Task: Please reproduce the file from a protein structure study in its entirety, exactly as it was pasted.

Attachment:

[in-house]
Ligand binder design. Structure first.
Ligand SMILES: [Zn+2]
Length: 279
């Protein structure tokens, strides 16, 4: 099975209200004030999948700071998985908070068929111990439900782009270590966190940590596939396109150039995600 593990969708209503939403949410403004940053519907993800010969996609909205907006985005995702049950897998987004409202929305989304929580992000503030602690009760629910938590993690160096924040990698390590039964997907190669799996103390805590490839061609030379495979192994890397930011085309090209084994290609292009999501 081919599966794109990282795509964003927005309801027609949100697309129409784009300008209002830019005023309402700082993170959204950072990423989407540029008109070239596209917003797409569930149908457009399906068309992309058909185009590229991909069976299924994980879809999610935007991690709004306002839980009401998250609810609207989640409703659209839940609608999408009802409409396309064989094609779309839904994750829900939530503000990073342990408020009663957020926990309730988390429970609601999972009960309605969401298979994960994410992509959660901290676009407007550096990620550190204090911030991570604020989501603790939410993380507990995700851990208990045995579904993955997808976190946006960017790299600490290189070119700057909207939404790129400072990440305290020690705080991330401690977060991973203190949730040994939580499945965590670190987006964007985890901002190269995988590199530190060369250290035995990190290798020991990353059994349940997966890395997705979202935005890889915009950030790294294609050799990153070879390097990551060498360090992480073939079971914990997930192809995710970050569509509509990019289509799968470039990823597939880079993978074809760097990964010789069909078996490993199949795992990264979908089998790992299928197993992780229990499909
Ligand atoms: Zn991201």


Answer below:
[in-house]
Ligand binder design. Structure first.
Ligand SMILES: [Zn+2]
Length: 279
């Protein structure tokens, strides 16, 4: 099975209200004030999948700071998985908070068929111990439900782009270590966190940590596939396109150039995600 593990969708209503939403949410403004940053519907993800010969996609909205907006985005995702049950897998987004409202929305989304929580992000503030602690009760629910938590993690160096924040990698390590039964997907190669799996103390805590490839061609030379495979192994890397930011085309090209084994290609292009999501 081919599966794109990282795509964003927005309801027609949100697309129409784009300008209002830019005023309402700082993170959204950072990423989407540029008109070239596209917003797409569930149908457009399906068309992309058909185009590229991909069976299924994980879809999610935007991690709004306002839980009401998250609810609207989640409703659209839940609608999408009802409409396309064989094609779309839904994750829900939530503000990073342990408020009663957020926990309730988390429970609601999972009960309605969401298979994960994410992509959660901290676009407007550096990620550190204090911030991570604020989501603790939410993380507990995700851990208990045995579904993955997808976190946006960017790299600490290189070119700057909207939404790129400072990440305290020690705080991330401690977060991973203190949730040994939580499945965590670190987006964007985890901002190269995988590199530190060369250290035995990190290798020991990353059994349940997966890395997705979202935005890889915009950030790294294609050799990153070879390097990551060498360090992480073939079971914990997930192809995710970050569509509509990019289509799968470039990823597939880079993978074809760097990964010789069909078996490993199949795992990264979908089998790992299928197993992780229990499909
Ligand atoms: Zn991201």